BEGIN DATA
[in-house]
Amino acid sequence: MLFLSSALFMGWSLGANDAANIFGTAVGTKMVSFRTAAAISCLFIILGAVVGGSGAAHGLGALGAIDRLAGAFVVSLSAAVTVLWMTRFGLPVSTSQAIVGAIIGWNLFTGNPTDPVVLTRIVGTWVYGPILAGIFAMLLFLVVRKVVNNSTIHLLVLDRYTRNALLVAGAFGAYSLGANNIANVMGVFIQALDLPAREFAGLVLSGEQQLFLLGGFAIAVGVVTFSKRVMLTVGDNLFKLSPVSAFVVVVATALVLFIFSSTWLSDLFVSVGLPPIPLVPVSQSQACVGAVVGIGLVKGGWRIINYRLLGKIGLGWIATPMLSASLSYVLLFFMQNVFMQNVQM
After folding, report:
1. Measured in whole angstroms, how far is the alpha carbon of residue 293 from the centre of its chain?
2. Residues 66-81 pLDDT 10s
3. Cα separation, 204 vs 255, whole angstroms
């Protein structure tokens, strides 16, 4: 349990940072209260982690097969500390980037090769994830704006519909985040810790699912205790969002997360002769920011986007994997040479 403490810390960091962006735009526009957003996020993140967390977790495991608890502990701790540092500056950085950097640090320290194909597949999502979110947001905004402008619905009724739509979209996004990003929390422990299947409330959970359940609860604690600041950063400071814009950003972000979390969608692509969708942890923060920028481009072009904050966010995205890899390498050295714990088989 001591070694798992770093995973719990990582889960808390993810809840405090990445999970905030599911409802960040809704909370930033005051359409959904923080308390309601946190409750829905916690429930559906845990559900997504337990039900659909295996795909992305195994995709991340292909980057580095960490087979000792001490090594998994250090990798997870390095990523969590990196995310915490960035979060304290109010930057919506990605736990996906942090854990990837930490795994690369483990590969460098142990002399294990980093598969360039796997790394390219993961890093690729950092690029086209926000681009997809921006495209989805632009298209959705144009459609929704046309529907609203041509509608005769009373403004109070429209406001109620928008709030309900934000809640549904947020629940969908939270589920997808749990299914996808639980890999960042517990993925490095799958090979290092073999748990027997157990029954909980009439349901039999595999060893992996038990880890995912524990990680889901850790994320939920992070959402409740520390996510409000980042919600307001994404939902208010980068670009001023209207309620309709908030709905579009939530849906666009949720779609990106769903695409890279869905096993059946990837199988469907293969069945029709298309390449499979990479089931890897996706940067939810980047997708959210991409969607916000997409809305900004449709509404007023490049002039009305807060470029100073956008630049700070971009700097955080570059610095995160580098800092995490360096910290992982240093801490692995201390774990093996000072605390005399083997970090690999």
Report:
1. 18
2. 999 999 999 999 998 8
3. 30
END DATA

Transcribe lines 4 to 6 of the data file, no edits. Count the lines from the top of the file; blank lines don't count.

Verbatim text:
1. Measured in whole angstroms, how far is the alpha carbon of residue 293 from the centre of its chain?
2. Residues 66-81 pLDDT 10s
3. Cα separation, 204 vs 255, whole angstroms